Cyprus is a small island in the Mediterranean, which is divided in even smaller pieces. Nicosia, its capital, is the only divided capital in Europe after the collapse of the Berlin Wall. In-between this division lies the Home for Cooperation, an inter-communal hub dedicated to peace building, a building which has gone through decades of division to now stand as a bridge-builder, with its own story to tell.

The driving force behind this ground-breaking initiative is the intercommunal Cyprus-based NGO, Association for Historical Dialogue and Research (AHDR).

History of a Home, past, present, and future…

Early 1950s

In the early 1950s, the building was constructed by the Mangoian family to be used as a home, and to also host other businesses including a hair salon, a car rental shop, and a photography studio. 


Intercommunal clashes left traumatic marks on the street, the lives of the inhabitants and the building itself. With barricades marking the division of the island positioned on either of its sides, in 1964 the building was caught literally in between. Along with the barricades came a new presence in the area: the UN peace keeping forces. Movement from north to south along the street, and vice versa, was limited.     


The dividing line took its current shape after the military intervention of Turkey in 1974. In that summer, the building caught in between crossfire was dramatically marked. The owner and its tenants were forced to evacuate the building, which was now left abandoned in this no man’s land, to tell stories of confrontation and trauma. 

1974 Onwards

  • In 1975, Turkish Cypriots moved to north of the divide and Greek Cypriots, to the south, as a result of the Population Exchange Agreement. Soon, the no man’s land took on different names, such as the Green Line, the dead zone, the buffer zone. And it became a symbol of confrontation.
  • The Ledra Palace crossing was the route through which very few people could cross from one side to the other. The Ledra Palace Hotel was the venue where politicians held meetings to discuss the “Cyprus problem.”
    It was also one of the most suitable places for citizen groups and civil society organizations from either side of the buffer zone to meet and pursue common projects, as well as having the opportunity to meet people from other communities in Cyprus. 
  • The buffer zone, this demilitarised strip of land, still runs across the island from east to west for 180 km, dividing the island into north and south. At certain locations it is some kilometres wide, and at others only a few steps.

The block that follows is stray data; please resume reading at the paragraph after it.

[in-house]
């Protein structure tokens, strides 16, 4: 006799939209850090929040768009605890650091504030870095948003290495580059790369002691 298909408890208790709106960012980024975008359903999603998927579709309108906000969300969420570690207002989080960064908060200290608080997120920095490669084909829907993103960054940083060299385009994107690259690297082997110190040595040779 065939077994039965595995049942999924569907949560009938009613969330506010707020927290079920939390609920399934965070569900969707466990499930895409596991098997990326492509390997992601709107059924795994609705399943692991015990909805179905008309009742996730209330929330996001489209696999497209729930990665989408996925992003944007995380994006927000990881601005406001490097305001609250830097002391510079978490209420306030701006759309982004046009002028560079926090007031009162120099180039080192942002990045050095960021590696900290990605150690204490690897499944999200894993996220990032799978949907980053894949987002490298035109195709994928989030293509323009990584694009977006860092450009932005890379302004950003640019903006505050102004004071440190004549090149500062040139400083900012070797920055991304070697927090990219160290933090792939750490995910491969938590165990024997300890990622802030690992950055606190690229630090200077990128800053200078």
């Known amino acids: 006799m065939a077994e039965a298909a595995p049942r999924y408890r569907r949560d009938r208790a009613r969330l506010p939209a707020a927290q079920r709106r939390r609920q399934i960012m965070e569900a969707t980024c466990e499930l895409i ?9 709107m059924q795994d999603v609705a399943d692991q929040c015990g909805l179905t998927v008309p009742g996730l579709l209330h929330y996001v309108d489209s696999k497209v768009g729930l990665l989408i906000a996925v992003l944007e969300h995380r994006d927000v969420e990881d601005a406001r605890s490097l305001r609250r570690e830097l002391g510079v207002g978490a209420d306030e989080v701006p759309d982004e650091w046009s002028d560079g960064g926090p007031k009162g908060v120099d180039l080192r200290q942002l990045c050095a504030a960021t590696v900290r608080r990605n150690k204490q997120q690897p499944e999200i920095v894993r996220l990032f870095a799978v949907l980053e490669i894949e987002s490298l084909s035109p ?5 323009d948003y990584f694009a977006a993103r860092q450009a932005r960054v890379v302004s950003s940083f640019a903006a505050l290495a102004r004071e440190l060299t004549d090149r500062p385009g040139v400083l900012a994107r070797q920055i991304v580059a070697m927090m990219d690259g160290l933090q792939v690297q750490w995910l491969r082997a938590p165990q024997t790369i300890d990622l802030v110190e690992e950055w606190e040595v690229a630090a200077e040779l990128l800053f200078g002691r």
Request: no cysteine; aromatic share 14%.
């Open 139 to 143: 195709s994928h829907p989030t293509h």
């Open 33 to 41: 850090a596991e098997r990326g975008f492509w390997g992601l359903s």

April 2003

In April 2003, the buffer zone became for the first time in over 30 years permeable. Of the few crossing points to open, the Ledra Palace crossing was the first, with hundreds of people queuing in anticipation. A new dynamic was injected into communal and inter-communal life in the street. During this time, the Association for Historical Dialogue and Research (AHDR), a group of scholars, researchers and educators across the divide was already working on creating an open dialogue in historical understanding and enhanced research methods in Cyprus. 


In 2005 AHDR decided to transform the building, which had been abandoned for several decades, into a shared space, an educational centre, and call it the “Home for Cooperation”. At the time, this idea seemed impossible even to the most passionate adherents of cooperation across the divide. 


Nevertheless, in 2007, UNFICYP granted support for an unprecedented civil society led effort to transform the buffer zone. 



In 2009, the AHDR received financial support from the European Economic Area Grants and Norway Grants (major donors Norway, Iceland and Liechtenstein) allowing the “Home for Cooperation” project to move ahead. 


February 2010

The conservation of this building to become an inter-communal research and education centre, extended beyond fixing damaged walls. As a building existing in the buffer zone, in between the two communities, its transformation carried deep connotations. It showed that people who may have been separated for decades can come together, to understand, to learn, and to create together once again. The transformation of this building gave the space to do just that. It was only fitting, then, that renovation works began with a Cypriot style barbeque street party. 

May 2011

The Home for Cooperation opened its doors to the world on the 6th of May 2011, with an opening ceremony bringing together the leaders of the Greek Cypriot and Turkish Cypriot communities, representatives of civil society and dignitaries from around Europe, including the Council of Europe, Norway, Sweden, Switzerland, and the Netherlands. The unique four-day celebration marking the inauguration of the Home showcased the collective efforts of civil society organisations in Cyprus, with musical performances, sports events, art exhibitions, a symposium and film screenings. 



Today the Home for Cooperation has organically grown from an educational and research centre to a unique community centre infused with the identities, energies and ideas of people, of all people in Cyprus. Now this building has become a shared space where many narratives coexist. And it is now left to tell stories of healing and hope. 

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